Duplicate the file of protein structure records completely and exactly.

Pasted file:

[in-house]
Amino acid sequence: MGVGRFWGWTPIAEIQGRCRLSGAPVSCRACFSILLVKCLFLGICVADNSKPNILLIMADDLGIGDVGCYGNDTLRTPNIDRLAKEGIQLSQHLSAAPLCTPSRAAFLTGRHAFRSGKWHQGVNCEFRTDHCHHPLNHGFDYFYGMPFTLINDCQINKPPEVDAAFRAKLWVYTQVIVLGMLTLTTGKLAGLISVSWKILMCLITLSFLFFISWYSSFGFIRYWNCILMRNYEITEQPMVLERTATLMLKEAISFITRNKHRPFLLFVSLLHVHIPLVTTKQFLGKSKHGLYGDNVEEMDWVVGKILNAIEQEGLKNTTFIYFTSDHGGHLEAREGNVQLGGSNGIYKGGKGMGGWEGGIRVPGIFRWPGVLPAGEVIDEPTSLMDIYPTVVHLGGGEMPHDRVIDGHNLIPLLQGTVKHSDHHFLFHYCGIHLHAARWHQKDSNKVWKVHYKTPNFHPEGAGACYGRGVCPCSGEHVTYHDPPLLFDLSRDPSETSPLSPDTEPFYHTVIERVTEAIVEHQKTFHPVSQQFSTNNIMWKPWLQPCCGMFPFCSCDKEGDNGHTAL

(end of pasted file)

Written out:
[in-house]
Amino acid sequence: MGVGRFWGWTPIAEIQGRCRLSGAPVSCRACFSILLVKCLFLGICVADNSKPNILLIMADDLGIGDVGCYGNDTLRTPNIDRLAKEGIQLSQHLSAAPLCTPSRAAFLTGRHAFRSGKWHQGVNCEFRTDHCHHPLNHGFDYFYGMPFTLINDCQINKPPEVDAAFRAKLWVYTQVIVLGMLTLTTGKLAGLISVSWKILMCLITLSFLFFISWYSSFGFIRYWNCILMRNYEITEQPMVLERTATLMLKEAISFITRNKHRPFLLFVSLLHVHIPLVTTKQFLGKSKHGLYGDNVEEMDWVVGKILNAIEQEGLKNTTFIYFTSDHGGHLEAREGNVQLGGSNGIYKGGKGMGGWEGGIRVPGIFRWPGVLPAGEVIDEPTSLMDIYPTVVHLGGGEMPHDRVIDGHNLIPLLQGTVKHSDHHFLFHYCGIHLHAARWHQKDSNKVWKVHYKTPNFHPEGAGACYGRGVCPCSGEHVTYHDPPLLFDLSRDPSETSPLSPDTEPFYHTVIERVTEAIVEHQKTFHPVSQQFSTNNIMWKPWLQPCCGMFPFCSCDKEGDNGHTAL